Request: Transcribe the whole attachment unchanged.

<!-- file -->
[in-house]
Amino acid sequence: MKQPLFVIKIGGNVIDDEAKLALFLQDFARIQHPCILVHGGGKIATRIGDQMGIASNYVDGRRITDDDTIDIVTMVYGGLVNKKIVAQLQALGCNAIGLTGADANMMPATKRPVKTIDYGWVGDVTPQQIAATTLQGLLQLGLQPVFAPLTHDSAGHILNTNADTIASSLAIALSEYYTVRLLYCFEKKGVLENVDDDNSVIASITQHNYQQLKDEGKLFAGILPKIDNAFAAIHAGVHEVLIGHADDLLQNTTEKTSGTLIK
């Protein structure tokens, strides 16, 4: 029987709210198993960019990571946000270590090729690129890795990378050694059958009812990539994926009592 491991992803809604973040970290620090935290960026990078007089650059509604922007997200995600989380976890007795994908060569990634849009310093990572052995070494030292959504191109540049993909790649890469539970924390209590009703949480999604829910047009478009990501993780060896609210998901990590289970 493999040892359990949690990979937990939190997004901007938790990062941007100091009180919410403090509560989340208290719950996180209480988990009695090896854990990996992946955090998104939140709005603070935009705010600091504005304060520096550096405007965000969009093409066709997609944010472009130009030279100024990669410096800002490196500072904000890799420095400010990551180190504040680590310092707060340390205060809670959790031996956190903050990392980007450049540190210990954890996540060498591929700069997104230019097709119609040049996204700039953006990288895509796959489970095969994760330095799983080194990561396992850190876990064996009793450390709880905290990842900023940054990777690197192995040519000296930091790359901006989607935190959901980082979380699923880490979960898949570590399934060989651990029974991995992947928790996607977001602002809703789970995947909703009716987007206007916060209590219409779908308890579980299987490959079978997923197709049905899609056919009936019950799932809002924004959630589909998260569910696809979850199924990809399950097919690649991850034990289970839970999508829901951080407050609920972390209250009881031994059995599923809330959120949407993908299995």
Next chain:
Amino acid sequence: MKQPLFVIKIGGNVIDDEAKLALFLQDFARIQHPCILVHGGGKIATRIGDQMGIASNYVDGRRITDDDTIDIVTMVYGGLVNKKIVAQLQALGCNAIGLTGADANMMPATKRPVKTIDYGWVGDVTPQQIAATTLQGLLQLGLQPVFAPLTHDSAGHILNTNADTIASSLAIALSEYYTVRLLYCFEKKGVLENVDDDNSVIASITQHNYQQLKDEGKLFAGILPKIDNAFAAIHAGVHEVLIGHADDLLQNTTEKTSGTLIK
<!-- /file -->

[in-house]
Amino acid sequence: MKQPLFVIKIGGNVIDDEAKLALFLQDFARIQHPCILVHGGGKIATRIGDQMGIASNYVDGRRITDDDTIDIVTMVYGGLVNKKIVAQLQALGCNAIGLTGADANMMPATKRPVKTIDYGWVGDVTPQQIAATTLQGLLQLGLQPVFAPLTHDSAGHILNTNADTIASSLAIALSEYYTVRLLYCFEKKGVLENVDDDNSVIASITQHNYQQLKDEGKLFAGILPKIDNAFAAIHAGVHEVLIGHADDLLQNTTEKTSGTLIK
């Protein structure tokens, strides 16, 4: 029987709210198993960019990571946000270590090729690129890795990378050694059958009812990539994926009592 491991992803809604973040970290620090935290960026990078007089650059509604922007997200995600989380976890007795994908060569990634849009310093990572052995070494030292959504191109540049993909790649890469539970924390209590009703949480999604829910047009478009990501993780060896609210998901990590289970 493999040892359990949690990979937990939190997004901007938790990062941007100091009180919410403090509560989340208290719950996180209480988990009695090896854990990996992946955090998104939140709005603070935009705010600091504005304060520096550096405007965000969009093409066709997609944010472009130009030279100024990669410096800002490196500072904000890799420095400010990551180190504040680590310092707060340390205060809670959790031996956190903050990392980007450049540190210990954890996540060498591929700069997104230019097709119609040049996204700039953006990288895509796959489970095969994760330095799983080194990561396992850190876990064996009793450390709880905290990842900023940054990777690197192995040519000296930091790359901006989607935190959901980082979380699923880490979960898949570590399934060989651990029974991995992947928790996607977001602002809703789970995947909703009716987007206007916060209590219409779908308890579980299987490959079978997923197709049905899609056919009936019950799932809002924004959630589909998260569910696809979850199924990809399950097919690649991850034990289970839970999508829901951080407050609920972390209250009881031994059995599923809330959120949407993908299995």
Next chain:
Amino acid sequence: MKQPLFVIKIGGNVIDDEAKLALFLQDFARIQHPCILVHGGGKIATRIGDQMGIASNYVDGRRITDDDTIDIVTMVYGGLVNKKIVAQLQALGCNAIGLTGADANMMPATKRPVKTIDYGWVGDVTPQQIAATTLQGLLQLGLQPVFAPLTHDSAGHILNTNADTIASSLAIALSEYYTVRLLYCFEKKGVLENVDDDNSVIASITQHNYQQLKDEGKLFAGILPKIDNAFAAIHAGVHEVLIGHADDLLQNTTEKTSGTLIK